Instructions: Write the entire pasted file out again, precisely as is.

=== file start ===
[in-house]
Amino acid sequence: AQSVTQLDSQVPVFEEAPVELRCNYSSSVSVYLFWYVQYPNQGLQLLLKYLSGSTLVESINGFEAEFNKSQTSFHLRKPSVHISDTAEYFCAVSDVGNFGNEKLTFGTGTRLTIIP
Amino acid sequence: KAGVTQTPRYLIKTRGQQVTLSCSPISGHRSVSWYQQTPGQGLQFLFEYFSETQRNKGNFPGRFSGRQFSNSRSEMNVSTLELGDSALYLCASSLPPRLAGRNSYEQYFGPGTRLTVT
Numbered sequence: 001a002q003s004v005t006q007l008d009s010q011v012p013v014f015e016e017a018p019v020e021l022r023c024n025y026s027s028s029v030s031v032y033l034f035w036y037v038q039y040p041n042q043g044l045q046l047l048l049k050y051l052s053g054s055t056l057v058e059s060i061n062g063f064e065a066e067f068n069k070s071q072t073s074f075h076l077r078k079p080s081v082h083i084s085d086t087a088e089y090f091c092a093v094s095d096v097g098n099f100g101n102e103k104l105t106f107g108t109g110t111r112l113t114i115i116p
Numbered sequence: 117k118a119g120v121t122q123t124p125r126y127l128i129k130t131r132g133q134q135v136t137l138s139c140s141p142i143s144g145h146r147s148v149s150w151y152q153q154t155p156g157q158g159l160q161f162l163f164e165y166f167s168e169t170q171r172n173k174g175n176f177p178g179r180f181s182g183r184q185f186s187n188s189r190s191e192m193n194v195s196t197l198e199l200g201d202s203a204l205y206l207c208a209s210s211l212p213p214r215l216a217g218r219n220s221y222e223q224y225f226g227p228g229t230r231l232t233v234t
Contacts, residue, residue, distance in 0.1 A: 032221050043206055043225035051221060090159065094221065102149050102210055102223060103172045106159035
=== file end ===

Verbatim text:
[in-house]
Amino acid sequence: AQSVTQLDSQVPVFEEAPVELRCNYSSSVSVYLFWYVQYPNQGLQLLLKYLSGSTLVESINGFEAEFNKSQTSFHLRKPSVHISDTAEYFCAVSDVGNFGNEKLTFGTGTRLTIIP
Amino acid sequence: KAGVTQTPRYLIKTRGQQVTLSCSPISGHRSVSWYQQTPGQGLQFLFEYFSETQRNKGNFPGRFSGRQFSNSRSEMNVSTLELGDSALYLCASSLPPRLAGRNSYEQYFGPGTRLTVT
Numbered sequence: 001a002q003s004v005t006q007l008d009s010q011v012p013v014f015e016e017a018p019v020e021l022r023c024n025y026s027s028s029v030s031v032y033l034f035w036y037v038q039y040p041n042q043g044l045q046l047l048l049k050y051l052s053g054s055t056l057v058e059s060i061n062g063f064e065a066e067f068n069k070s071q072t073s074f075h076l077r078k079p080s081v082h083i084s085d086t087a088e089y090f091c092a093v094s095d096v097g098n099f100g101n102e103k104l105t106f107g108t109g110t111r112l113t114i115i116p
Numbered sequence: 117k118a119g120v121t122q123t124p125r126y127l128i129k130t131r132g133q134q135v136t137l138s139c140s141p142i143s144g145h146r147s148v149s150w151y152q153q154t155p156g157q158g159l160q161f162l163f164e165y166f167s168e169t170q171r172n173k174g175n176f177p178g179r180f181s182g183r184q185f186s187n188s189r190s191e192m193n194v195s196t197l198e199l200g201d202s203a204l205y206l207c208a209s210s211l212p213p214r215l216a217g218r219n220s221y222e223q224y225f226g227p228g229t230r231l232t233v234t
Contacts, residue, residue, distance in 0.1 A: 032221050043206055043225035051221060090159065094221065102149050102210055102223060103172045106159035